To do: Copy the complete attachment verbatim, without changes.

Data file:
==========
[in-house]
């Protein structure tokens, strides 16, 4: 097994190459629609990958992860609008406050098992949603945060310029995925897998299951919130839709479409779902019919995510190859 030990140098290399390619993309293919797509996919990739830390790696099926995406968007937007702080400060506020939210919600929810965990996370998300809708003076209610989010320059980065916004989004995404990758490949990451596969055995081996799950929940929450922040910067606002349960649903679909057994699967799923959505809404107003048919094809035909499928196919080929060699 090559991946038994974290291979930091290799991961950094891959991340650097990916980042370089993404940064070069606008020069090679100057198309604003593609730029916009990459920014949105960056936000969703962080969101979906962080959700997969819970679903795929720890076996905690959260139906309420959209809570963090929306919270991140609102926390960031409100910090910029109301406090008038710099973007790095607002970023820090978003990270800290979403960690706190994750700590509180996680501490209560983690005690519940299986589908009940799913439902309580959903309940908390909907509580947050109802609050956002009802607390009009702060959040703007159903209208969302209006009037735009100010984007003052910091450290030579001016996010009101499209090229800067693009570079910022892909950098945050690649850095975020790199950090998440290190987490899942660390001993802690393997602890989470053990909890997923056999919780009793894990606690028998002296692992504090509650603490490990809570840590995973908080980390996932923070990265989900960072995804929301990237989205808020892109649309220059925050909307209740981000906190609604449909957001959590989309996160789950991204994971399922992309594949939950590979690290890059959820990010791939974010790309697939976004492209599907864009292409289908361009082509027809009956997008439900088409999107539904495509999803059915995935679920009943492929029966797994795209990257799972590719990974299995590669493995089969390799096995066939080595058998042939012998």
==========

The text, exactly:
[in-house]
């Protein structure tokens, strides 16, 4: 097994190459629609990958992860609008406050098992949603945060310029995925897998299951919130839709479409779902019919995510190859 030990140098290399390619993309293919797509996919990739830390790696099926995406968007937007702080400060506020939210919600929810965990996370998300809708003076209610989010320059980065916004989004995404990758490949990451596969055995081996799950929940929450922040910067606002349960649903679909057994699967799923959505809404107003048919094809035909499928196919080929060699 090559991946038994974290291979930091290799991961950094891959991340650097990916980042370089993404940064070069606008020069090679100057198309604003593609730029916009990459920014949105960056936000969703962080969101979906962080959700997969819970679903795929720890076996905690959260139906309420959209809570963090929306919270991140609102926390960031409100910090910029109301406090008038710099973007790095607002970023820090978003990270800290979403960690706190994750700590509180996680501490209560983690005690519940299986589908009940799913439902309580959903309940908390909907509580947050109802609050956002009802607390009009702060959040703007159903209208969302209006009037735009100010984007003052910091450290030579001016996010009101499209090229800067693009570079910022892909950098945050690649850095975020790199950090998440290190987490899942660390001993802690393997602890989470053990909890997923056999919780009793894990606690028998002296692992504090509650603490490990809570840590995973908080980390996932923070990265989900960072995804929301990237989205808020892109649309220059925050909307209740981000906190609604449909957001959590989309996160789950991204994971399922992309594949939950590979690290890059959820990010791939974010790309697939976004492209599907864009292409289908361009082509027809009956997008439900088409999107539904495509999803059915995935679920009943492929029966797994795209990257799972590719990974299995590669493995089969390799096995066939080595058998042939012998």